The plane started falling apart right away. The general, a bona-fide hero having won the medal of honor for valor in Viet Nam, was a real horses' ass. Winning that medal  back in the 70s made his career, guaranteeing him a star, and was also his last action of any significance. He took the landing in Pago Pago and hammered the jet onto the runway so hard that it was a small miracle that the oxygen masks didn't drop. I suspected that they'd been permanently sealed into their containers. Nice landing, sir. Must've been a gust!

So then the rear gear, which are supposed to caster during a turn wouldn't function properly. General Honeybadger didn't care. He just wrenched that thing around for a 180 on the runway as it was bucking like a bronco, the aft gear protesting over being drug sideways.

Next, a fuel gauge quit. No prob. Just watch the matching gauge on the other wing for a good estimate of the tank quantity. We get to Aussie-land and the general announces that he wants to go on with just Phil and himself to the next destination inland and back. So being left in Sydney, the colonel, a Delta captain and a decent sort, an engineer, and I take the general's car and go on a walkabout (okay, driveabout) to an interior national park. One of the perks of travelling with a general: you get a car.

Many hours after their scheduled departure time, we hear the unmistakable growl of Freddy's TF-39 motors as they climbed out of Richmond RAAF base near Sydney. Freddy apparently didn't like the general either.

Phil "Breaks" the Jet

The remainder of the trip was uneventful until we got back to Hickam AB in Hawaii. It was here that Phil decided that the airplane was "broken". OK, fair enough. Being in the Air Force Reserve means that most of us have airline jobs and fly for the Reserves a few times a month on days off. Phil, on the other hand, had no airline job and hence his only source of income was working part time for the Reserves. So by parking the airplane in Hawaii, Phil got to play golf in Honolulu on the government's dime until the jet is "fixed".

Now a few words about Phil. Think of a guy who is about maybe 55 but looks 75, single, smokes, drives a 1978 powder blue F-150 pickup and spends his spare time at the Moose lodge. I had nothing against him as he'd never been a wanker to me. He just personified old and broken down. And flying Freddy around for the reserves was as far as I could tell about all he had going on.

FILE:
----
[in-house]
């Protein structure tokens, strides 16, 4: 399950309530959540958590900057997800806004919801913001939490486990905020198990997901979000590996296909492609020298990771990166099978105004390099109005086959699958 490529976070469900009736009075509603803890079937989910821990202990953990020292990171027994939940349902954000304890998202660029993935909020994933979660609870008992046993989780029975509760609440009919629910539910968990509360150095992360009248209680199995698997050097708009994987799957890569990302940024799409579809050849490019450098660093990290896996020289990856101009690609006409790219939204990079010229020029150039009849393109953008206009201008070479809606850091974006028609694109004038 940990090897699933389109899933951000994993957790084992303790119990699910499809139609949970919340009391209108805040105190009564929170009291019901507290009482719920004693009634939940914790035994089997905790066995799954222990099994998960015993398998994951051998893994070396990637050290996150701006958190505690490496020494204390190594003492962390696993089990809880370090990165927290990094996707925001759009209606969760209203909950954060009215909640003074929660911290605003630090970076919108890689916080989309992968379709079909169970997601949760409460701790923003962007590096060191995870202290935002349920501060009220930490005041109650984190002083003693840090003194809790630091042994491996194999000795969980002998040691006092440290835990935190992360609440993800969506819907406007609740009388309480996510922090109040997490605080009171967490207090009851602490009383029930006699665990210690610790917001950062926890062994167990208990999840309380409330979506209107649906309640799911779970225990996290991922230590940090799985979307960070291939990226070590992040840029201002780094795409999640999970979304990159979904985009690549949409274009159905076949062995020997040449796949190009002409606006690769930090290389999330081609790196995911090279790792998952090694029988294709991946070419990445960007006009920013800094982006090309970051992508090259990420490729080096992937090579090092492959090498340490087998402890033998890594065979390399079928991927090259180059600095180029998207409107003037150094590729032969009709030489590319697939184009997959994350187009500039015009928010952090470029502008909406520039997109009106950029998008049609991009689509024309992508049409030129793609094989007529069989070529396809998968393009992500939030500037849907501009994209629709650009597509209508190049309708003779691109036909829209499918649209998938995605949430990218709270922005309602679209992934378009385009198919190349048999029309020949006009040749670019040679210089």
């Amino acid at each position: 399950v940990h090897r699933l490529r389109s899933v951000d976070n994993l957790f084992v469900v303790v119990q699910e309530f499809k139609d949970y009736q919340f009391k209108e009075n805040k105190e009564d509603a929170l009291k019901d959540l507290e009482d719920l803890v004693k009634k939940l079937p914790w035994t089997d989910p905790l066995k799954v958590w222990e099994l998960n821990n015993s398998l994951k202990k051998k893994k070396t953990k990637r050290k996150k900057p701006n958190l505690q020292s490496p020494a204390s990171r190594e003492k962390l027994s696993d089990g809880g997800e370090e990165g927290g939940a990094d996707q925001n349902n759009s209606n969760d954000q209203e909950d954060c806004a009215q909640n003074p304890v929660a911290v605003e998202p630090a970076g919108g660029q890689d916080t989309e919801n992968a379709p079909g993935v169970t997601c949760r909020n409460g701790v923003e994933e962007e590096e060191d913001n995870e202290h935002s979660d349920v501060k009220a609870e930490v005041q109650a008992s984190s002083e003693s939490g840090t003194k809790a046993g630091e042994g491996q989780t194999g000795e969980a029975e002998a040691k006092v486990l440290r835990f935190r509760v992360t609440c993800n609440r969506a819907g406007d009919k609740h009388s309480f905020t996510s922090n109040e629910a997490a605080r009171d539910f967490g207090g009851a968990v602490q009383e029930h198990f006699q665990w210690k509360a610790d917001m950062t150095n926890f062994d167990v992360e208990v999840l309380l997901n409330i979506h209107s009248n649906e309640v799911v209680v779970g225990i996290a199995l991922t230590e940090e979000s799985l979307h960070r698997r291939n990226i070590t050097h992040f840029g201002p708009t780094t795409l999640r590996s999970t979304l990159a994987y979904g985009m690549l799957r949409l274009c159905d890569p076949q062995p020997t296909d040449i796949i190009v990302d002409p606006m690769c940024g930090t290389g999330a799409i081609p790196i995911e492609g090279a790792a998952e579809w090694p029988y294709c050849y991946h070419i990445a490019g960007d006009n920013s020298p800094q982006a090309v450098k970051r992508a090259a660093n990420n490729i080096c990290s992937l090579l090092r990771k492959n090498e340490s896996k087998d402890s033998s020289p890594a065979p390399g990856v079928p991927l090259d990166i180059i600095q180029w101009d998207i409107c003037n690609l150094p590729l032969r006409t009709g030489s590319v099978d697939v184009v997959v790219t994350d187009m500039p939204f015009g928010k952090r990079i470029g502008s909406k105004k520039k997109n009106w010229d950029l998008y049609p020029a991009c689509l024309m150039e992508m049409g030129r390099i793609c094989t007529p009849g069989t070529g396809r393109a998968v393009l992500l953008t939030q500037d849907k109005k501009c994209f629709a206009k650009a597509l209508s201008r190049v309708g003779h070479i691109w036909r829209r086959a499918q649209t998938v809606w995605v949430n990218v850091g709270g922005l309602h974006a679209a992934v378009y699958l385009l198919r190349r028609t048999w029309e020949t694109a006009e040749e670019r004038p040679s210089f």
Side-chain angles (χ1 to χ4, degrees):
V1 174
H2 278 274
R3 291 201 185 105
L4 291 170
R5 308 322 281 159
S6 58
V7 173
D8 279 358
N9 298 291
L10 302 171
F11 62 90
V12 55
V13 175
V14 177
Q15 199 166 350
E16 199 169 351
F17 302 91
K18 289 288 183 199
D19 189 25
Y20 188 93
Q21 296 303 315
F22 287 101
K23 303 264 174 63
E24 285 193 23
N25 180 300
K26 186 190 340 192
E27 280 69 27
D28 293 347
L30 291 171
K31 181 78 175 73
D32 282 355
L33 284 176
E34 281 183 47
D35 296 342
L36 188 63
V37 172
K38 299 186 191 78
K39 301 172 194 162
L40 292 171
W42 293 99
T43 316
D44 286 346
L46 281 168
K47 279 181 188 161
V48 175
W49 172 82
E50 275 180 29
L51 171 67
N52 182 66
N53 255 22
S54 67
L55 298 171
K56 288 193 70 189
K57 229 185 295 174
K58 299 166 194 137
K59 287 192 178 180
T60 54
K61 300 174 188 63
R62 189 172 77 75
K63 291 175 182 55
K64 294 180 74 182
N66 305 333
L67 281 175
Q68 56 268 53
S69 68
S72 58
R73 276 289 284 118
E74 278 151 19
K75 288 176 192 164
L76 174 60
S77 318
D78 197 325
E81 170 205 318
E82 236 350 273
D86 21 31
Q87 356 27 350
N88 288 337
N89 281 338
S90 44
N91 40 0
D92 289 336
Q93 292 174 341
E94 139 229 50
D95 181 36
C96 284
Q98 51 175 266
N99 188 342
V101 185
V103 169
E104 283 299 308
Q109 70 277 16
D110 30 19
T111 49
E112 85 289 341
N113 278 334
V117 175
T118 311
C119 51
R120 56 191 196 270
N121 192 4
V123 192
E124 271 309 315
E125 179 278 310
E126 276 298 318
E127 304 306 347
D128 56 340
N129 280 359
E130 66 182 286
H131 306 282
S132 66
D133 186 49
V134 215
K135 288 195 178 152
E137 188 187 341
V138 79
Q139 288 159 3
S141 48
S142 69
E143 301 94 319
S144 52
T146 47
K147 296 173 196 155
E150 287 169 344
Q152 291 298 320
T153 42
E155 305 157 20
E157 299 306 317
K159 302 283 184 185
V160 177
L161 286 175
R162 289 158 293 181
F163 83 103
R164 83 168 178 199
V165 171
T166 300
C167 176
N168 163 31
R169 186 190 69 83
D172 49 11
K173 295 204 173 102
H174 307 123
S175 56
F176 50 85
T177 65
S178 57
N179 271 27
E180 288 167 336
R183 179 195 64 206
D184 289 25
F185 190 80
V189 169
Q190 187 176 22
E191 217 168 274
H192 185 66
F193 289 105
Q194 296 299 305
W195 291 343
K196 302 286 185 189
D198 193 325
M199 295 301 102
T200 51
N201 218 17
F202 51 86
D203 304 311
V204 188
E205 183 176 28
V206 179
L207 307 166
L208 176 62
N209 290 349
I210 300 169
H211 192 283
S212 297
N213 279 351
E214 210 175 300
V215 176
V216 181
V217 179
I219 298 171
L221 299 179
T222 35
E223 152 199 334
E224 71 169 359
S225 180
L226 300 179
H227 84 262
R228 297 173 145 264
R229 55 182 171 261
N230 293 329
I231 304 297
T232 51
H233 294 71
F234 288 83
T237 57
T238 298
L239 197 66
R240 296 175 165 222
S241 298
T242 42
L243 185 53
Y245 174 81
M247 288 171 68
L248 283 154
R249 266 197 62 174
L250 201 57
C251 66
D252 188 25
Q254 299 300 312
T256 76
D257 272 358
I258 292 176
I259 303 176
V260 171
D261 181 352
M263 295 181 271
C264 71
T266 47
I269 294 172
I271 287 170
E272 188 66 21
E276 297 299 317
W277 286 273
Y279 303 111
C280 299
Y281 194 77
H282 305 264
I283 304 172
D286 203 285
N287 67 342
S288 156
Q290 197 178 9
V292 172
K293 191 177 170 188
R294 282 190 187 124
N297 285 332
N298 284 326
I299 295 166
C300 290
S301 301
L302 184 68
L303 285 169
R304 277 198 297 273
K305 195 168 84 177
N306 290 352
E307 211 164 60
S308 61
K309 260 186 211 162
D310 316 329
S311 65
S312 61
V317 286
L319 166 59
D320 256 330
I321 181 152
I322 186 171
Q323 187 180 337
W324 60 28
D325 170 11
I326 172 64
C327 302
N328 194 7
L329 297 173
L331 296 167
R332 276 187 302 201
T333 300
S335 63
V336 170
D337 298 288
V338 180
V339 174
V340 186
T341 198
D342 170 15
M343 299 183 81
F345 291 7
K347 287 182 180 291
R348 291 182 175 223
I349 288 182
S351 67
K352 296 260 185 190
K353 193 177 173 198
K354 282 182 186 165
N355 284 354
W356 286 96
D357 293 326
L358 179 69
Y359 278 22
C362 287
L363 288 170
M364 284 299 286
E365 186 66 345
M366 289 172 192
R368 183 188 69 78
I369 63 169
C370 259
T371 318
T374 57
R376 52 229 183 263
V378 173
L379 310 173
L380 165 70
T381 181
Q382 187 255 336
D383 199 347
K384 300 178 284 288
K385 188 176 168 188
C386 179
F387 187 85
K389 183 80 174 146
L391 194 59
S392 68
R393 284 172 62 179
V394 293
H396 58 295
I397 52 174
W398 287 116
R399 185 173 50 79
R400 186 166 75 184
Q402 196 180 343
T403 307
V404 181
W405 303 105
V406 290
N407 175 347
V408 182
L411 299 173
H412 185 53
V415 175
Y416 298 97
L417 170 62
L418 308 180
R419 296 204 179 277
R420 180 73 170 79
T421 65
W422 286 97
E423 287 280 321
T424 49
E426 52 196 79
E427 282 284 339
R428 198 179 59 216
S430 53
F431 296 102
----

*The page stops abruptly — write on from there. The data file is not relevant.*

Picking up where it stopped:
I honestly didn't have a problem with this situation. We would routinely piss away hundreds of thousands of dollars just filling the C-5 up with gas, so I couldn't begrudge the guy the few hundreds of dollars in per diem he might make playing golf. The general and the colonel, both very Busy and Important people with Important things to do, caught the next flight home and so it was just me and Phil left with our broken airplane. Our enlisted engineers and load masters were also happy to hang.

Stranded in Paradise

As was I. We managed to get assigned quarters off base which meant the Outrigger Reef on Waikiki beach. If you ever go, be sure not to miss the wet T-shirt contest held Sunday afternoons but also be aware that the pros always show up to win the pot. It's rigged.

So there we are, hanging in Waikiki, babysitting a broken jet with nothing to do. Phil hit the golf course and was not to be seen again. I, surveying the desolation of Hawaii in summer, spent a little time on the beach, a little time shopping, saw a movie and then spied a bike rental store. What a great idea. Rent a bike and tour the island.

They had a great selection which made it difficult to choose, but I soon picked out a cherry little Fatboy, put on a helmet and I was off. Oahu on a Harley. It was awesome. I rode the entire circumference of the island to include the not so pretty parts on the leeward side of the island where the workers live.

After a few days of entertaining myself, I began thinking about how I was going to get home. I knew that the jet wouldn't be fixed anytime soon. The particular defect that Phil had written up was the fuel gauge. This meant that a fuel cell team would be needed. None were at Hickam, so they'd have to be flown out from Travis. That took time.

Once the fuel cell team arrived, they'd have to drain the tank (and they are big), repair the fuel sending unit while wearing oxygen because of fumes, re-seal the unit, and then wait several days while the sealant cured. All guaranteed to take a week or more. We'd been in Hawaii for two or three days and I knew all this and assumed that Phil knew it too. I also had to get home to go to work. Real work. My job at the airline.

Really Stranded in Paradise

Being a reservist airline pilot means going to work at the base on days off from the airline. A traditional reservist might just work one weekend a month but when you are in a flying squadron, all the requirements that a full time active duty pilot has to maintain are also fulfilled by reserve pilots. This generally means about 8 to 15 days a month depending on the type aircraft flown. Most of this time can be fit into days off but on occasion, such as a 7 day Australia trip, airline flying has to be given up.

Public law mandates that civilian employers have to give reservists time off for military duty but of course don't have to pay them. I had dropped one airline trip to go on this Australia trip and while I do get paid by the military, it is less than airline pay so it does cost money. This is fine as flying the C-5 was a reward in and of itself and for a nominally good cause.